The LinkedIn team also offered profile makeovers. I found this one-on-one time to be invaluable. Crystal Braswell offered me tailored tips that I utilized as soon as I got home. They included changing my profile picture because she said I looked younger in person. (Yikes!) The changes instantly made my page look better. I’ve already received positive feedback which let me know I was on the right track.

Crystal Braswell gets her makep done

Whether or not you think of yourself as being photogenic the experts say don’t ignore your profile picture. The LinkedIn team converted a small area into a professional photo shoot complete with make-up artist. All night this booth had a continuous line. Your profile picture is one of the first things people see and taking the time to ensure it’s representative of who you are is important.

LinkedIn photoshoot

By the end of the event I felt rejuvenated. Receiving usable tips and being in the company of others who are working on improving their digital footprint helped recharge my career batteries. Change isn’t always easy but events like #RockYourProfile showed me that improvement isn’t an insurmountable task.

Here are more Growth hacking with LinkedIn tips from Peter Chee.

Seattle Startup Week | Angel investor Andy Liu illustrates the importance of building rhythms

andy-presentingBy 1:00 pm on October 23, the day of his Seattle Startup Week presentation, Andy Liu, local dream investor and CEO of BuddyTV, had already been in contact with four prospective customers. According to Andy, his number one job is to sell.

“You know what? As CEO, sales is actually my number one job. Sales to customers, sales to employees, sales to investors…Sales to everybody else that may eventually come into contact with the company…I need to constantly be doing that.”

Getting in front of the customer is one of the best ways to learn about a business.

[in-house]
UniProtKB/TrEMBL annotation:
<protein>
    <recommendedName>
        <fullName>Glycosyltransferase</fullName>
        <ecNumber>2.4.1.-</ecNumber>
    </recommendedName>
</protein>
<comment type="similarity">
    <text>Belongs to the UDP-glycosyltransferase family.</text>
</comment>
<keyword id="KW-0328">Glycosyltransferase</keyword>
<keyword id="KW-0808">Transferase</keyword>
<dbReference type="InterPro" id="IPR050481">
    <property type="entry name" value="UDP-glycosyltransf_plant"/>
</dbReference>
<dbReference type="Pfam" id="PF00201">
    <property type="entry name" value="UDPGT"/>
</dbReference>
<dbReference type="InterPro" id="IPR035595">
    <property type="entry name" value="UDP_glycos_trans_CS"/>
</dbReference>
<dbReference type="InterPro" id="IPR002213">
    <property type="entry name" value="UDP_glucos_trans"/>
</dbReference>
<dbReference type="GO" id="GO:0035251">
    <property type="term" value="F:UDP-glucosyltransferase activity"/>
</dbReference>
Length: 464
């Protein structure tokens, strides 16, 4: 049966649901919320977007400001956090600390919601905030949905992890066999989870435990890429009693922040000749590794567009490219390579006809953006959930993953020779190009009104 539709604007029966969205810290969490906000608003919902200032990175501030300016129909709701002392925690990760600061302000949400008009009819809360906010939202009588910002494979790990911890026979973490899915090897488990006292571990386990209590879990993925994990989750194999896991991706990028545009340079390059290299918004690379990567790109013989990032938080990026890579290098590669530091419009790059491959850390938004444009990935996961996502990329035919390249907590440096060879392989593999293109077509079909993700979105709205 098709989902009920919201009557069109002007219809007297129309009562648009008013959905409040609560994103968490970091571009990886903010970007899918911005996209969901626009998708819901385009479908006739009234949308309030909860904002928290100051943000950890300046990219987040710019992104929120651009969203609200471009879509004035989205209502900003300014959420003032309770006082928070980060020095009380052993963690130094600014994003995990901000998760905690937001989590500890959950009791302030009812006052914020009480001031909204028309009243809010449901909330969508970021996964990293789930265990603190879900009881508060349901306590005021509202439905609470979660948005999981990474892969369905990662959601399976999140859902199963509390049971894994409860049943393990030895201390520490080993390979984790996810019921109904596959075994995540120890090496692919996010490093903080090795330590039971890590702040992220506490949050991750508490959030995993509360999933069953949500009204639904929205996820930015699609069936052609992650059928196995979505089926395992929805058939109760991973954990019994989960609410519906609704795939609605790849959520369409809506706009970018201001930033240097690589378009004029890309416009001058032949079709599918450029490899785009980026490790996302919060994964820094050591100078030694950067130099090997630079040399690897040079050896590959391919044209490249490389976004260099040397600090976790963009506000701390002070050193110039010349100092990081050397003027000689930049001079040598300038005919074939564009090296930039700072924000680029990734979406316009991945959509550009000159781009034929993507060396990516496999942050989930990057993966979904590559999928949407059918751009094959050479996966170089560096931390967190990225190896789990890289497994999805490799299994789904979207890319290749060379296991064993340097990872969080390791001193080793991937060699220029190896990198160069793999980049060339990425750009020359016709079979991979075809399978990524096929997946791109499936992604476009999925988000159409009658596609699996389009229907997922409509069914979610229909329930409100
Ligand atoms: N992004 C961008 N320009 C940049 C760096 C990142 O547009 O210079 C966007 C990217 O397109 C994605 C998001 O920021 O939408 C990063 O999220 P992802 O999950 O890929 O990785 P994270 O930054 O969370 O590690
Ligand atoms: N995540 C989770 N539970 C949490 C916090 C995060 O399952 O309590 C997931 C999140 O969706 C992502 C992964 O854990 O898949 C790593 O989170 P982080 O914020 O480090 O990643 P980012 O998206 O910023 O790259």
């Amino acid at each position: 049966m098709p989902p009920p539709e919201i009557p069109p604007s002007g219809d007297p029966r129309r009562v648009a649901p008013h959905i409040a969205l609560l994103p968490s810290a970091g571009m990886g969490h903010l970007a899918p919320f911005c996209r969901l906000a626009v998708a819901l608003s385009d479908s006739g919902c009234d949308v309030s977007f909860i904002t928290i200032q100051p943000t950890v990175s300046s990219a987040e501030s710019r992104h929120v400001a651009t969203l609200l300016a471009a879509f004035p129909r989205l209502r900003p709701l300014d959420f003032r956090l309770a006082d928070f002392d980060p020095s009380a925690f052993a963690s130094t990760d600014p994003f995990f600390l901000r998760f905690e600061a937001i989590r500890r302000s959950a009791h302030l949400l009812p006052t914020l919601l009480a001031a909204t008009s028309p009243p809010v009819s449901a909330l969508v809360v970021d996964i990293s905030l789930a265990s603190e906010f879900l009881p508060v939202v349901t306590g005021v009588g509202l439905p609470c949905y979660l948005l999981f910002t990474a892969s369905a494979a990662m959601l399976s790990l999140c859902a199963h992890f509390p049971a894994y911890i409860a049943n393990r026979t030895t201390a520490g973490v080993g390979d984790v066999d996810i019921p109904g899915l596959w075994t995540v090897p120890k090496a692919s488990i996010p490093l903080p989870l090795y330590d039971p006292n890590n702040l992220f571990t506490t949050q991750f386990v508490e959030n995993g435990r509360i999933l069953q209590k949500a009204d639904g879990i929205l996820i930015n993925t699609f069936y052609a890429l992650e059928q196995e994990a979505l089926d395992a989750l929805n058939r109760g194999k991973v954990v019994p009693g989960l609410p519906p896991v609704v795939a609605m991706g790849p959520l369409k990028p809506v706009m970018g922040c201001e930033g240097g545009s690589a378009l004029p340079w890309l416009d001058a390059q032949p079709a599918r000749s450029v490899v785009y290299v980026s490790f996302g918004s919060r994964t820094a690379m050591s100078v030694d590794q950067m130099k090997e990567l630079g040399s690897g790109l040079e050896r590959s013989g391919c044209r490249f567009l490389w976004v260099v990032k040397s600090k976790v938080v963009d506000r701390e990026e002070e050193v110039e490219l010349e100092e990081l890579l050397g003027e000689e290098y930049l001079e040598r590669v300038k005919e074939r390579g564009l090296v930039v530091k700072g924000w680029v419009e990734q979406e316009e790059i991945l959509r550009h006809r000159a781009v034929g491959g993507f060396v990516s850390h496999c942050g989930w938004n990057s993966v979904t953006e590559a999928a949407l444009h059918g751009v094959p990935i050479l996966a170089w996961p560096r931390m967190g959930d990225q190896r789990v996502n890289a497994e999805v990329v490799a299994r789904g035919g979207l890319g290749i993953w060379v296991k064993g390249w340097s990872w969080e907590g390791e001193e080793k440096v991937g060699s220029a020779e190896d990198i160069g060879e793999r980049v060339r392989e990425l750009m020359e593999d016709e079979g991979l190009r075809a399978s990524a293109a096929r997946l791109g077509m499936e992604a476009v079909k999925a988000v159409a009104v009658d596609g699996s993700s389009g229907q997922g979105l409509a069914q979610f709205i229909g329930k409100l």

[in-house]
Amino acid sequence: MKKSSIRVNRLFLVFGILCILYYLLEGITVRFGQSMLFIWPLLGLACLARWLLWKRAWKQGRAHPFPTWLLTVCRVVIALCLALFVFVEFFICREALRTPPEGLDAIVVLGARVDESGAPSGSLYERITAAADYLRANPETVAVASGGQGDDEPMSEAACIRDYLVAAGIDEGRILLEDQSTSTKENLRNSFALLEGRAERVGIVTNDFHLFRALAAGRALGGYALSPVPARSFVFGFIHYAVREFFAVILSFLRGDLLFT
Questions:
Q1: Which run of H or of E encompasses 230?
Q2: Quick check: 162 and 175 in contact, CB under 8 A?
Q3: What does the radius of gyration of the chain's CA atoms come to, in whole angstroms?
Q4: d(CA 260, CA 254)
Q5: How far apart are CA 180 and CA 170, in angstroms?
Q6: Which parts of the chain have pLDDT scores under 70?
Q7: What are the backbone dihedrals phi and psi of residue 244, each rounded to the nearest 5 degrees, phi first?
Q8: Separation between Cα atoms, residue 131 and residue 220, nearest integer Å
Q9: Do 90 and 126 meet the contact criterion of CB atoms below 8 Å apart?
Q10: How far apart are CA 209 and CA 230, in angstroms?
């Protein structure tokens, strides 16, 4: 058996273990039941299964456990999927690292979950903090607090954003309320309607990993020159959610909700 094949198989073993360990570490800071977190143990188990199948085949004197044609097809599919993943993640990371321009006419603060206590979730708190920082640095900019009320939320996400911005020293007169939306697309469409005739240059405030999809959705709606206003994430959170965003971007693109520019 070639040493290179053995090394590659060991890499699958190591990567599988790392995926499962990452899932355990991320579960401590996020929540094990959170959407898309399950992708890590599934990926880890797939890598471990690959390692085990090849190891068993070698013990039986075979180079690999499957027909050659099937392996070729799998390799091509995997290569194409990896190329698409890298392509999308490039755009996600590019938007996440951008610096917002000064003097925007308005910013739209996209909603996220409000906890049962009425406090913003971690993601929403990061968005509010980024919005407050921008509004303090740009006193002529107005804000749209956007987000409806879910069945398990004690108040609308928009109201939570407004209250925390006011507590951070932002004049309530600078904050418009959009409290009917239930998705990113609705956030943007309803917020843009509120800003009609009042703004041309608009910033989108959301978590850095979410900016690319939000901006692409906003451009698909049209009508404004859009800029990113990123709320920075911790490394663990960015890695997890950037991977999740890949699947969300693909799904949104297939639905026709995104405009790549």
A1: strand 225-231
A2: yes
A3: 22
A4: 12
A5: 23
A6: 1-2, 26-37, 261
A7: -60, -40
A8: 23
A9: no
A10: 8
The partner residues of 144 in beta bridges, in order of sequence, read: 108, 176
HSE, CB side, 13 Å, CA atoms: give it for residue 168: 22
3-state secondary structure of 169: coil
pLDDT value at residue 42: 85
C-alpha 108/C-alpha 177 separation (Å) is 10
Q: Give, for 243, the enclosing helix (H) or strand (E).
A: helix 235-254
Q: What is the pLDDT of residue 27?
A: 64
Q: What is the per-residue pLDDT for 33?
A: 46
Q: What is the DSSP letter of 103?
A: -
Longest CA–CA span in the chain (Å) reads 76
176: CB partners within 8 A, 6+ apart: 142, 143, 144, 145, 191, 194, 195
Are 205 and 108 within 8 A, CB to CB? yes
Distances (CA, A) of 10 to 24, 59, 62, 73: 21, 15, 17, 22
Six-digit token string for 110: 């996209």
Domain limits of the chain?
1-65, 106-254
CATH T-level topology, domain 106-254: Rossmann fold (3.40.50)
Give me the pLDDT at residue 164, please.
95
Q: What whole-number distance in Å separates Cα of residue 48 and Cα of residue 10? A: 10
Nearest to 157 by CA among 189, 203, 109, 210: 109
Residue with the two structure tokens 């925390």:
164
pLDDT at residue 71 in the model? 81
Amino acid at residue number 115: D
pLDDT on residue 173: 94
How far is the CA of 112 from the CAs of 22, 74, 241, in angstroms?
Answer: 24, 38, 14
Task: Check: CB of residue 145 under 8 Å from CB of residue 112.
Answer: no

Andy also explained that businesses are built on rhythms. Therefore, it’s crucial that a company reevaluate the rhythms that are in place to be more effective on a day-to-day basis. To do this, Andy has implemented a number of rhythm-boosting practices. For example, every Monday morning he sends out an email to the entire team with BuddyTV’s latest happenings, team recognition, and any other relevant information for the upcoming week. Another tool he uses is a refined system of key performance indicators.

“It’s not 30 numbers that you need to track, it’s one or two.”

Andy wrapped up by highlighting the importance of celebrating.

“Even in the darkest days, there’s always something to celebrate…There’s always some reason to ring the bell.”

Andy follows his own advice quite literally. In BuddyTV’s office, one of the developers has a cash register linked up his computer speakers. Each time a sale comes in, the cash register dings.

What does your startup do to celebrate?

You can hear more about Andy’s rythmatic practices here:

Check out Andy’s SlideShare deck from his Seattle Startup Week presentation:

Or see the entirety of Andy’s talk here:

Check out our recaps of our other Startup Week events:

Kicking off with Aviel Ginzburg of Simply Measured
Matt Heinz explains why you have to fail in order to succeed
Russell Benaroya talks night runs and how to ease the loneliness of entrepreneurship

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Hospitality with legs.